To encourage direct sowing of paddy to tide over adverse climatic conditions

The Norwegian Centre for Agriculture & Environment has selected Guntur district for yet another project related to direct sowing of paddy to tide over water scarcity problems.

The new project called, ‘CLIMAADAPT,’ is the second project after the district has successfully implemented ‘CLIMARICE,’ a project assisted by the Norwegian Centre. The Regional Agricultural Research Station, Lam has provided the technical assistance to the farmers.

The projects promote direct sowing of paddy to tide over the adverse weather conditions, including deficit rainfall, scarce water releases and also the shortage of manual labour.

A preparatory meeting for farmers and agricultural scientists is being held at RARS, Lam on July 11.

Joint Director of Agriculture, A. Sridhar said direct sowing of paddy has been gaining acceptance in the district and claimed that over 1 lakh acres had been brought under cultivation during last year.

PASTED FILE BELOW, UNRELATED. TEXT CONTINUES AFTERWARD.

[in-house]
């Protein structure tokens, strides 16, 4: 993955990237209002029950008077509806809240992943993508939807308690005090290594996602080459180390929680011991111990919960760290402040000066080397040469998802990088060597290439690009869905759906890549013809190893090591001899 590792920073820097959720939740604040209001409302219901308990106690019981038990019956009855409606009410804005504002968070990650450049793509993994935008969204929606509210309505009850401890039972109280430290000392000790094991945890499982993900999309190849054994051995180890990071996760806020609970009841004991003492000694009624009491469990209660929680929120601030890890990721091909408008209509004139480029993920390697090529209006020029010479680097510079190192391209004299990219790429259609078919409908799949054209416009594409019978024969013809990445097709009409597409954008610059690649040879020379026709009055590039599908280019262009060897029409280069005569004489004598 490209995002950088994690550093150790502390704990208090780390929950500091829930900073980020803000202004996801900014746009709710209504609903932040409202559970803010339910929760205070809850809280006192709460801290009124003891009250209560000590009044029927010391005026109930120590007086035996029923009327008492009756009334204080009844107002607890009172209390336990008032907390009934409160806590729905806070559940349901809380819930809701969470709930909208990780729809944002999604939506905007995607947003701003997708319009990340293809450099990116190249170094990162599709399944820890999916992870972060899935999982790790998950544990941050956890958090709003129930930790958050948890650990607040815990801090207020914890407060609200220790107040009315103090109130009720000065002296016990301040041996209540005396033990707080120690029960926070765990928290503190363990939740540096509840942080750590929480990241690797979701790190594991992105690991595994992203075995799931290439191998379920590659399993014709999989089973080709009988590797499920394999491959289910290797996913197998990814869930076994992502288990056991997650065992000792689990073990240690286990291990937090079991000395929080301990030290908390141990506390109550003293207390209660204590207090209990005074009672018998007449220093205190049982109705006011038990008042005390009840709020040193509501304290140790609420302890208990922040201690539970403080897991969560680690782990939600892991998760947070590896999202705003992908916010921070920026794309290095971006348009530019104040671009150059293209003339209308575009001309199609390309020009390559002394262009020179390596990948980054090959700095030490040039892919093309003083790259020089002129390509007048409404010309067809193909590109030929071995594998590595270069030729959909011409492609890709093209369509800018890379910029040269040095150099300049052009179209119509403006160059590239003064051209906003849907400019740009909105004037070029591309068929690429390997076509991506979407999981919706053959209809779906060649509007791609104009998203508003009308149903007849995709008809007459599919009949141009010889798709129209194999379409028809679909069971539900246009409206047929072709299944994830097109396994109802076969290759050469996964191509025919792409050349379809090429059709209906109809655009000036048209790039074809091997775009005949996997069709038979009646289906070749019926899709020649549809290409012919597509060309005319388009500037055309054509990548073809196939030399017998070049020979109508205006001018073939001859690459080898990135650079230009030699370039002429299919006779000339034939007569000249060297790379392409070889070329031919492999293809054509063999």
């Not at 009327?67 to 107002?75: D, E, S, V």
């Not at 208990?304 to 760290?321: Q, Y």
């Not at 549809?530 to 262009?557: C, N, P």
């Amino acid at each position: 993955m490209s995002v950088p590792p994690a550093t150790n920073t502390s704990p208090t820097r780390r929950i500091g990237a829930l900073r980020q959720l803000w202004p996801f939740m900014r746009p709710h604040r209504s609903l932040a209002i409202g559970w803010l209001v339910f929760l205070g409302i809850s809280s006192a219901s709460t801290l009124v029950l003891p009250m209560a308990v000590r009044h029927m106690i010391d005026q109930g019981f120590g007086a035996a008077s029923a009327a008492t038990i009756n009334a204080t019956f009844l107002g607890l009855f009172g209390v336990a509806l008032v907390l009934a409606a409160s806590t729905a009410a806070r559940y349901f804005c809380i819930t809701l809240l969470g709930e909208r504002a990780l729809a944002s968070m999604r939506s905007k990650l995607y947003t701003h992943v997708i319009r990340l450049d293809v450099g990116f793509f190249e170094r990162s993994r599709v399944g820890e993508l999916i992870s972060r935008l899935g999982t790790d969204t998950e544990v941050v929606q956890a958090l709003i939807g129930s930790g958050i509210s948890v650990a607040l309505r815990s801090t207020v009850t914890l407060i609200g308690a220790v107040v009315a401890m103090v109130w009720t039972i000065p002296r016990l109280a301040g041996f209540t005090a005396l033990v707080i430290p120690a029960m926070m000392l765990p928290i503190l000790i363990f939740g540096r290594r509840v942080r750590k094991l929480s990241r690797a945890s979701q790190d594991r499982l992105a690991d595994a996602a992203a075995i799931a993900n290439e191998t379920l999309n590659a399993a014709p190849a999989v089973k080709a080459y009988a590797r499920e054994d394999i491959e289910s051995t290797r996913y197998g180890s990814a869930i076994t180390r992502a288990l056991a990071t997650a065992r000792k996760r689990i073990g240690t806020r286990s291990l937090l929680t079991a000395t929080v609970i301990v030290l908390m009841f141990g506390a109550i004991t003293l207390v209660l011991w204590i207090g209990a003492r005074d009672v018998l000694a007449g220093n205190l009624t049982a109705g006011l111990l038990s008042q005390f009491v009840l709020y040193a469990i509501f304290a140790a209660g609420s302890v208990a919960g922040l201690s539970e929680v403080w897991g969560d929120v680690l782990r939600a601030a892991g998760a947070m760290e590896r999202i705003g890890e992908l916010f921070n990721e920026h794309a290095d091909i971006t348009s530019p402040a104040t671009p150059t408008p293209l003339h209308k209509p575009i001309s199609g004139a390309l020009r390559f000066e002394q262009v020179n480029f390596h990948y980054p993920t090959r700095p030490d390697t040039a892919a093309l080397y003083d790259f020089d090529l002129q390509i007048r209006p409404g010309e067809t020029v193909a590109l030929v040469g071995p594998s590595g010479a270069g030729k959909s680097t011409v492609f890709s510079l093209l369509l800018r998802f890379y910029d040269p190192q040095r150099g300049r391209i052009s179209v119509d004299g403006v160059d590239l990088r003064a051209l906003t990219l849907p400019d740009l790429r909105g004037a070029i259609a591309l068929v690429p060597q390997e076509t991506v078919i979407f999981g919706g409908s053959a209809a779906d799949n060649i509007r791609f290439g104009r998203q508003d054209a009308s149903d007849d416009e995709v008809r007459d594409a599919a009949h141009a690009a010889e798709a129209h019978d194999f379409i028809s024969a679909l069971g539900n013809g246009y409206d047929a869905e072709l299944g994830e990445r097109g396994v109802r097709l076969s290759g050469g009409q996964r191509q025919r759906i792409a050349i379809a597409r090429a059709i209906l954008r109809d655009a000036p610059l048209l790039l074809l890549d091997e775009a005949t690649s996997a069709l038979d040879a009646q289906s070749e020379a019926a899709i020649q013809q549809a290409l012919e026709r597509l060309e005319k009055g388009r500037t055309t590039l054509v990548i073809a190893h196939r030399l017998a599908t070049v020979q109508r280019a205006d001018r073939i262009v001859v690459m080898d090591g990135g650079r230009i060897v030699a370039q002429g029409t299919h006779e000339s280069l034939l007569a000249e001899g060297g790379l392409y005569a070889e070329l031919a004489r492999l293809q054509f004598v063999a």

The process involves, sowing of paddy in the field through seed-cum-fertiliser drill fitted to a tractor.

In contrast, conventional transplantation farming practices begin with setting up a nursery bed and after a 45-day period, the plants are transplanted in the field.

The direct sowing operation starts with the onset of monsoon. Farmers usually prepare the land during summer season. Green manure is used to improve the soil carbon content. The land is ploughed and levelling is carried just before the onset of monsoon.

Once the field is ready, farmers collect seeds and fill up the boxes in the seed-cum-fertiliser drill fitted to a tractor. The seeds are funneled to the soil through ductile pipes fitted to the drill. Even as the tractor ploughs the field, the sowing is done simultaneously. The operation is quick and it just takes about 90 minutes to sow seeds in an acre.

The Department of Agriculture and RARS, Lam have chosen Jonnalagadda village for the project.

Scientists say that the direct sowing of paddy is a boon to lands where water is delivered late to the tail end areas of canals. The technology is also helping in reduction of 20-40 per cent of water usage when compared to transplantation technology.